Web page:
After years of fruitless bickering over the legalization of surrogate motherhood, a panel made up of 20 members of the public advising the Department of Health met last weekend to thrash out a position on the issue.
"Before the public says yes or no to such personal issues, we need to ensure that every voice is heard," said Lin Kuo-ming (
Since the first of the nation's test-tube babies was born 19 years ago, the government has introduced regulations for artificial insemination to bring the country's legal system up to speed with medical advances and social change.
The Guidelines for the Ethics of Human Procreation and Reproductive Technologies (
In both laws, however, the controversial issue of surrogate motherhood was omitted.
The department played down the exclusion, asserting that "surrogate motherhood, at odds with current social mores and the legal system, and involving complex obligations and rights, should be temporarily left out," in an explanation on its Web site.
Despite the department's claim, some academics have urged the public to look deeper into the debate. The ethical and legal conundrum revolves around whether it is justified realizing the dreams of childless couples at the cost of reducing human relations to financial transactions.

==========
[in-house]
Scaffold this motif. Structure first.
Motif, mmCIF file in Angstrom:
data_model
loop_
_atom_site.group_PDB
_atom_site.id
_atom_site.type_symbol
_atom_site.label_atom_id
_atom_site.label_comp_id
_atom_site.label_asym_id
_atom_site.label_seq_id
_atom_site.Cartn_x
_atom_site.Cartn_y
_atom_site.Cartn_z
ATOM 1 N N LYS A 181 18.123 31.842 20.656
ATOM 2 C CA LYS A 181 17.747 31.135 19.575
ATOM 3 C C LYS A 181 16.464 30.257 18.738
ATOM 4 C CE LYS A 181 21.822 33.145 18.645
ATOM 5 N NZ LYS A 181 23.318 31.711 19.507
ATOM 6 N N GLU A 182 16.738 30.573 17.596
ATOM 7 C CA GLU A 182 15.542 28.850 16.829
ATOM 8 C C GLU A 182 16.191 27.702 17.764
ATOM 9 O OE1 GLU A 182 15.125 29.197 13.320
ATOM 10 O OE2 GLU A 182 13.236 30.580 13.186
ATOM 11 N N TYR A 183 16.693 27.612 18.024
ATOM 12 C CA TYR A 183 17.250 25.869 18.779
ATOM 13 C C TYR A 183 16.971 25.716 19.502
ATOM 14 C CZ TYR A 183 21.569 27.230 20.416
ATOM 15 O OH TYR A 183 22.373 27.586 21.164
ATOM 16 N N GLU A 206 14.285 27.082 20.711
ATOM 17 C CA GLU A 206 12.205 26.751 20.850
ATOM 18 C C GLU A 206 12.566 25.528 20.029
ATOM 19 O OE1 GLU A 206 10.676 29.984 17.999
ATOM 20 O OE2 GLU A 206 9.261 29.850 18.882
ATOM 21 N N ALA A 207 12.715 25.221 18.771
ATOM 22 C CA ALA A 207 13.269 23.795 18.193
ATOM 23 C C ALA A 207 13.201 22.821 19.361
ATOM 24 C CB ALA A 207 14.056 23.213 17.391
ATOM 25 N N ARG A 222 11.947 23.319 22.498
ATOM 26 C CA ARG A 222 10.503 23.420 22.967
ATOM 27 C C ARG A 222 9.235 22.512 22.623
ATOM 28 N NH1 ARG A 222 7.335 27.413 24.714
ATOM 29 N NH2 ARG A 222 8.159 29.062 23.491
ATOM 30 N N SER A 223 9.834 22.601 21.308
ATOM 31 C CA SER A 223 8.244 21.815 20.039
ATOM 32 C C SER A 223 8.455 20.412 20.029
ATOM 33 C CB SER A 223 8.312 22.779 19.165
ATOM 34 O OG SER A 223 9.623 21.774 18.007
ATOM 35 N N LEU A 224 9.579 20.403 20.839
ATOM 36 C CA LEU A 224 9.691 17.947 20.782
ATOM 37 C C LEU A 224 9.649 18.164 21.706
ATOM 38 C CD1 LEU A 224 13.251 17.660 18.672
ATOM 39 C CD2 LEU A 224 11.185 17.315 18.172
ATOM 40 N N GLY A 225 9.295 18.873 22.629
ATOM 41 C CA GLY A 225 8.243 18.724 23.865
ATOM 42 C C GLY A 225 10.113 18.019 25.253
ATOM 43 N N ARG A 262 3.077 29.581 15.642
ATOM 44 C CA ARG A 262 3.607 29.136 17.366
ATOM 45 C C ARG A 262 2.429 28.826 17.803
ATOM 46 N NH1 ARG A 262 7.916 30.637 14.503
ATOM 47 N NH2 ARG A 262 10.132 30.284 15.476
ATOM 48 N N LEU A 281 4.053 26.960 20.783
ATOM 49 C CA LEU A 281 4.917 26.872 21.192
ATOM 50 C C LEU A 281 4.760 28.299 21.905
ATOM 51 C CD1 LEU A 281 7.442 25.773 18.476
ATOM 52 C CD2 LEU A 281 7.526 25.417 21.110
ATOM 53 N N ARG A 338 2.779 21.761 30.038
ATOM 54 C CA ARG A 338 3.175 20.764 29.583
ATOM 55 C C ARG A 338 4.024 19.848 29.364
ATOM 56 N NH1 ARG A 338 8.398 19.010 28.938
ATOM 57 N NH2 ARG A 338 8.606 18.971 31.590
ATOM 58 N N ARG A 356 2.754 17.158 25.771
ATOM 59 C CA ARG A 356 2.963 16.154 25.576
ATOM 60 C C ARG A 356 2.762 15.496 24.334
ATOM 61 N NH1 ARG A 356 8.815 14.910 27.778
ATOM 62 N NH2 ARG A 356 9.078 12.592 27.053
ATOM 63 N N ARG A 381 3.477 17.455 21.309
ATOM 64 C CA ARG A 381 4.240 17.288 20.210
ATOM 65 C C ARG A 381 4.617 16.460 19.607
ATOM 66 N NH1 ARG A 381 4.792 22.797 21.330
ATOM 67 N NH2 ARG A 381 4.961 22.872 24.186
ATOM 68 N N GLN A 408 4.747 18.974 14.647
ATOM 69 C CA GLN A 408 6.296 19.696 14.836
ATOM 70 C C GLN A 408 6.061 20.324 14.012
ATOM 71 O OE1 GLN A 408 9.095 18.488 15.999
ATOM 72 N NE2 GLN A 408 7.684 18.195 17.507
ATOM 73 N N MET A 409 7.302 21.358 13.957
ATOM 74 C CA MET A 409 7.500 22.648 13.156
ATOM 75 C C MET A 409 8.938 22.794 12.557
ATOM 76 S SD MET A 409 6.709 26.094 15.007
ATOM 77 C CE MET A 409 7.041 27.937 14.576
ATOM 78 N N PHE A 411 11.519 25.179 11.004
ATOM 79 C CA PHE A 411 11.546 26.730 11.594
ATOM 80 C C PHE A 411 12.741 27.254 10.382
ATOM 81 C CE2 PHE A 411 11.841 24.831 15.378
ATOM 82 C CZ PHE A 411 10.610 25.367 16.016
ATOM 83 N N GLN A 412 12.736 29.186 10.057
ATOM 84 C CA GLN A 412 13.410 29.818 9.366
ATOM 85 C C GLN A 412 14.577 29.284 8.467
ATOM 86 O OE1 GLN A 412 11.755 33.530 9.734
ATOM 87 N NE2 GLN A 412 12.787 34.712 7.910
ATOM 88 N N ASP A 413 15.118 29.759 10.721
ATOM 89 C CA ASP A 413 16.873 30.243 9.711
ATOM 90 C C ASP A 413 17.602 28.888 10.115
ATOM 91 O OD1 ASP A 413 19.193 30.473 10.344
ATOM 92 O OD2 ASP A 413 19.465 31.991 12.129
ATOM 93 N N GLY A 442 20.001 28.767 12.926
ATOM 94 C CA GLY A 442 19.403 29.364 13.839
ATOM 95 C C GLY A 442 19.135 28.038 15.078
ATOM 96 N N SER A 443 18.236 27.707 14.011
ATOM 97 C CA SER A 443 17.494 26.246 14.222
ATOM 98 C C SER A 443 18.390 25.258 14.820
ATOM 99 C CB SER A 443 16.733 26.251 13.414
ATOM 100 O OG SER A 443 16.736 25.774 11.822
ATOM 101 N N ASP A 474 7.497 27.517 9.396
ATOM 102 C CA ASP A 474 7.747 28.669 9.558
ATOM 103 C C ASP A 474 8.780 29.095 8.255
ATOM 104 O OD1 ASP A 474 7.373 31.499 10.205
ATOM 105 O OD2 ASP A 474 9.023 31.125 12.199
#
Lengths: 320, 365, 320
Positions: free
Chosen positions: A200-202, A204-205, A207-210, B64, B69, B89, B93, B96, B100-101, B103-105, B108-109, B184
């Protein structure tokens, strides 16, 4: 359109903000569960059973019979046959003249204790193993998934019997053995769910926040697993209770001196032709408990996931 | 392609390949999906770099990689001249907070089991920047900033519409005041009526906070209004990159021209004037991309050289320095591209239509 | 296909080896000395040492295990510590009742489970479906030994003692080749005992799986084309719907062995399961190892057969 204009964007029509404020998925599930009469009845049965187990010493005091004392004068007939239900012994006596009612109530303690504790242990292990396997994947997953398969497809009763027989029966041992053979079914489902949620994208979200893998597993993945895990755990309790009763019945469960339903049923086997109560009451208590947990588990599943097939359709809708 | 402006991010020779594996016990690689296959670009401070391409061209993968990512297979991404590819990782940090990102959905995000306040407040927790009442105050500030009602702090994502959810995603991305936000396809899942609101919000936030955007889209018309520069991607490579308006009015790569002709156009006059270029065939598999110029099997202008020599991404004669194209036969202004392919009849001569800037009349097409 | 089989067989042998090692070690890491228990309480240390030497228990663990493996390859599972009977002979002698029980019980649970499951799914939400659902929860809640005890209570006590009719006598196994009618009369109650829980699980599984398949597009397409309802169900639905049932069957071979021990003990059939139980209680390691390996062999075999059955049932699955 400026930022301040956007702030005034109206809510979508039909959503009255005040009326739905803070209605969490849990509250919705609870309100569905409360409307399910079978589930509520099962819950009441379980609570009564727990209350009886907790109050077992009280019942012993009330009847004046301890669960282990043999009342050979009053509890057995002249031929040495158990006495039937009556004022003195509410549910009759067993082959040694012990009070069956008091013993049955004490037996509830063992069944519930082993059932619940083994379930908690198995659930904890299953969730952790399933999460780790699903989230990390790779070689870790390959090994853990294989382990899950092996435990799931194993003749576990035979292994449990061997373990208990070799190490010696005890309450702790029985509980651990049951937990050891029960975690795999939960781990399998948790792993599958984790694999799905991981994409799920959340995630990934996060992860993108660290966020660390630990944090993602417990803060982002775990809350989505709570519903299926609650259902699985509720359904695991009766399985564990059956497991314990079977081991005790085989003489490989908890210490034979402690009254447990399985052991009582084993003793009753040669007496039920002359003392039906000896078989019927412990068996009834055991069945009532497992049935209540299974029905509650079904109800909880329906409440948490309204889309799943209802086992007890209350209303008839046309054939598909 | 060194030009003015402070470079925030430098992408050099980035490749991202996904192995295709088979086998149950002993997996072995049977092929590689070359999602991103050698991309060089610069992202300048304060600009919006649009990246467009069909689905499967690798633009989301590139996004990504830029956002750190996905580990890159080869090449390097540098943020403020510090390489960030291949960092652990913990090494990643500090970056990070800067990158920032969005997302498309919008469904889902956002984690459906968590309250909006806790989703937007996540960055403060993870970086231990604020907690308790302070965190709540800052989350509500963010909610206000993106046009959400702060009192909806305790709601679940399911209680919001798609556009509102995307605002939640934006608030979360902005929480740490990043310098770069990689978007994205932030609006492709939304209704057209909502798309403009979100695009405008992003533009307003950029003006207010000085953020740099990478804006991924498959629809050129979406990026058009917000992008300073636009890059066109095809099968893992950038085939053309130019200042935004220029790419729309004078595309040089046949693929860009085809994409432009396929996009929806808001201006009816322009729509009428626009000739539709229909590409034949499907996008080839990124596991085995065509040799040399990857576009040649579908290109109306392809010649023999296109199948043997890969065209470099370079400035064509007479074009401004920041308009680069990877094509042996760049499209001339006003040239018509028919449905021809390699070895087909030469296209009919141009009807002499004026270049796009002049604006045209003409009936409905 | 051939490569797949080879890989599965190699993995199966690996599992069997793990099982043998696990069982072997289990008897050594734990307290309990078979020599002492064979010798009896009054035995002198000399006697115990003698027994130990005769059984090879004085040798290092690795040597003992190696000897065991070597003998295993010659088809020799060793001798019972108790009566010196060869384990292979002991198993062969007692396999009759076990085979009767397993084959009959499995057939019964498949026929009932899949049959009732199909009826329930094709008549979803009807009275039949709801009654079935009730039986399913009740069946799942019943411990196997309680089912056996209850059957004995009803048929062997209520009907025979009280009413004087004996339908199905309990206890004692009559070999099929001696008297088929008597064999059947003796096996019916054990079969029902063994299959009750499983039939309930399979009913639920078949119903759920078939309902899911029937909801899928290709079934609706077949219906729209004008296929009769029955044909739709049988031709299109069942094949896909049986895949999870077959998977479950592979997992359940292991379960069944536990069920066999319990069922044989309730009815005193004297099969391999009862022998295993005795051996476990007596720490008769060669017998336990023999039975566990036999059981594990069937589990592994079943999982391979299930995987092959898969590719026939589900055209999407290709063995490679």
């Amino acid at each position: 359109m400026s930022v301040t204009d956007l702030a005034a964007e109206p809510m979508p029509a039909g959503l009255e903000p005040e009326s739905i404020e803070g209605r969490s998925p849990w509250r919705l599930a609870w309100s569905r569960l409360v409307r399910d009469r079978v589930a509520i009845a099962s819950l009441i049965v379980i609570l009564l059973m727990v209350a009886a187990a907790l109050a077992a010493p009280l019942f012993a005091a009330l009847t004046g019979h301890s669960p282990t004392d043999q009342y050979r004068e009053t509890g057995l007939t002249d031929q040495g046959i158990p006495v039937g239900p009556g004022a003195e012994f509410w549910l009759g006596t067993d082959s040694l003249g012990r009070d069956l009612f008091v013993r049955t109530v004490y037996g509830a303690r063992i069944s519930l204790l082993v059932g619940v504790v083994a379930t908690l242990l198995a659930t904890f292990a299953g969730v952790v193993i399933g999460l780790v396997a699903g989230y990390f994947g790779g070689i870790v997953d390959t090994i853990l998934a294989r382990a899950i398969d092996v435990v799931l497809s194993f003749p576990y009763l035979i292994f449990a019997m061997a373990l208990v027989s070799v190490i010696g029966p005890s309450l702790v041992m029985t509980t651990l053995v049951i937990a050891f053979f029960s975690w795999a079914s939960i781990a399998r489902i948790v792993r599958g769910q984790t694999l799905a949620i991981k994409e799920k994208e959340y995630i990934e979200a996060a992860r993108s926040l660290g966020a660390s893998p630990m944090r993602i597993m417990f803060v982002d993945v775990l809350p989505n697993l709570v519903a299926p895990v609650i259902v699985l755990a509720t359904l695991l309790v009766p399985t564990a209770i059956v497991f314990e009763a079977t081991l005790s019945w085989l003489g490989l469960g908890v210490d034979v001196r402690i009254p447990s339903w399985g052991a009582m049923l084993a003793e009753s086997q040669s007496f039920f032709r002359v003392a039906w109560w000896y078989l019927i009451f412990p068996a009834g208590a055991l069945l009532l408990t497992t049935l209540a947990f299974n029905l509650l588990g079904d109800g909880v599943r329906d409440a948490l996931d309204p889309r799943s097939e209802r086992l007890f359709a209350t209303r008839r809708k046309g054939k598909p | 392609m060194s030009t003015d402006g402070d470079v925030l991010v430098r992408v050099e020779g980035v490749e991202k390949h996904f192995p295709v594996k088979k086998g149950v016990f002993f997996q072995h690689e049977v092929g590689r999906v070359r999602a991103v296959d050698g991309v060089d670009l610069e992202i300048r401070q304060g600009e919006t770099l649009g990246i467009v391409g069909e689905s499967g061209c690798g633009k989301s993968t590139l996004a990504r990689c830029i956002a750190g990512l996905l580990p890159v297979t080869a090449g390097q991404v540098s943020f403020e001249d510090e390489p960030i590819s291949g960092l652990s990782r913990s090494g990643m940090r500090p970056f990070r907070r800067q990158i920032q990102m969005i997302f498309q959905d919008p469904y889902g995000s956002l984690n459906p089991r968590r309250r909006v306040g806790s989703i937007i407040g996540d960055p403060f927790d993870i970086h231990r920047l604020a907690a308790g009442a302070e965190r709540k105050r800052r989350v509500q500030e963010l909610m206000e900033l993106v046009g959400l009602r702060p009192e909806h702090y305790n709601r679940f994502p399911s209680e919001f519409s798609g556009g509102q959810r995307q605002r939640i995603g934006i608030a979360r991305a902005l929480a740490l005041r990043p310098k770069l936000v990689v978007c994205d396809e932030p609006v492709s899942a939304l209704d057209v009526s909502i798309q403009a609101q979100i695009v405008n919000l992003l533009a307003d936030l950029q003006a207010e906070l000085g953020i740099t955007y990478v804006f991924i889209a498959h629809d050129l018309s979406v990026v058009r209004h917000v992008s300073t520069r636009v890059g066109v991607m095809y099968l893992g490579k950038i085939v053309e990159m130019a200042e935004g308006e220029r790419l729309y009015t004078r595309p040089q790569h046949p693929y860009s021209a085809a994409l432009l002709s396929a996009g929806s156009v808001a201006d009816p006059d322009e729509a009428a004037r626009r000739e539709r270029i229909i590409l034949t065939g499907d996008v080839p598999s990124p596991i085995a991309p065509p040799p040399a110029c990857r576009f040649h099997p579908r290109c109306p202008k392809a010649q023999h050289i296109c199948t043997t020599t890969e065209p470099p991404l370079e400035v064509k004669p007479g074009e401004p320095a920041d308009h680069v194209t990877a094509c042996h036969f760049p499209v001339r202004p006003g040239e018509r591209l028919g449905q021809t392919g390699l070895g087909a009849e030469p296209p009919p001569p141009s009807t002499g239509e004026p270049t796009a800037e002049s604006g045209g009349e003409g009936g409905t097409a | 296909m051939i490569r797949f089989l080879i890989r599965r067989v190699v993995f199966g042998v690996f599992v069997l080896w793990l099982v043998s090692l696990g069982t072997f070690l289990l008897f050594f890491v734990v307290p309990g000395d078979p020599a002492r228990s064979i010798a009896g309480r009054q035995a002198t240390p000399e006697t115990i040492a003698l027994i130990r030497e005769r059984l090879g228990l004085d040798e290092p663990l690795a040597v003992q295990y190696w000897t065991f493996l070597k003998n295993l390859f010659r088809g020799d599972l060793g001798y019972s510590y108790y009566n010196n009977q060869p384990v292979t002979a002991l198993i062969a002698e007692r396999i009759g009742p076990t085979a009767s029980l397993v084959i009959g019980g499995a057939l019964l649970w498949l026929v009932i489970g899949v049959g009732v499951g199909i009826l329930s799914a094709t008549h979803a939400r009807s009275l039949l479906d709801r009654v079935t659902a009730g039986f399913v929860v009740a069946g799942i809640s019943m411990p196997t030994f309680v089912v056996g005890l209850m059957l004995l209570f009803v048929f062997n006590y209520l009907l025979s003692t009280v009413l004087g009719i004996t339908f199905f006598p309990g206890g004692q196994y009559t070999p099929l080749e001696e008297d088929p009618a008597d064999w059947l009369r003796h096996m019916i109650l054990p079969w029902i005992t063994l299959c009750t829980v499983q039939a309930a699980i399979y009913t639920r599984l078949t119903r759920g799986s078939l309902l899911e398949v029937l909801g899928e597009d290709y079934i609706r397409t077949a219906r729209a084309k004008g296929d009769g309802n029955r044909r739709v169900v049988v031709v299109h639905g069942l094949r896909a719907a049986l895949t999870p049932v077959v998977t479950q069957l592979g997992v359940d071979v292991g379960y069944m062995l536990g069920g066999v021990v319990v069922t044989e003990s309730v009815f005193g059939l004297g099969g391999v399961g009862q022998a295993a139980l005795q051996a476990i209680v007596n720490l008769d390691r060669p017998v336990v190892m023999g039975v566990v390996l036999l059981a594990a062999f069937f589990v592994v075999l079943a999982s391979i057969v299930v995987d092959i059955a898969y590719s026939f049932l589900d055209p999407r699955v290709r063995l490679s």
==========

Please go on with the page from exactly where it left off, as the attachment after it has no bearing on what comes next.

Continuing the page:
"If reproduction is one of the basic human rights, then the means of human reproduction should be included, by definition," said Chiu Ching-hwa (邱清華), honorary president of the Society of Law and Medicine. "The public aversion to surrogate motherhood comes from one simple idea -- we might endorse this right to reproduction, but we don't want this right to become a marketable good or service."
Perhaps the biggest surprise in this debate is that some feminists have themselves become the most vocal opponents. Some oppose legalization, contending that surrogate motherhood is a materialization of the female body by medical technology.
"When not an act of love or charity, bearing a baby for another woman implies that the uterus has become more a tool to earn money than an intimate space for a fetus," said Huang Hsu-ying (黃淑英), chairwoman of the League of Taiwan Women.
Some feminists also argue that the notion of the surrogate mother, far from liberating women from the century-old myth of lineage and consanguinity on which patriarchy is founded, entrenches hegemony instead.
"Why must a woman take up the role of childbearer? By reconsolidating the link between `woman' and `childbearer,' surrogate motherhood can turn out to be the accomplice of patriarchy," Huang said.
But for those women in agony over their infertility, theories of female oppression by technology and the female body as a "discourse" of ideology do not address the harsh reality they suffer.
Chen Gau-tzu (陳昭姿), chief pharmacist at Taipei's Koo Foundation Sun Yat-sen Cancer Center, and who once sought another woman to have a baby for her, rebutted the feminists' argument as "healthy women oppressing unhealthy women in the name of feminism."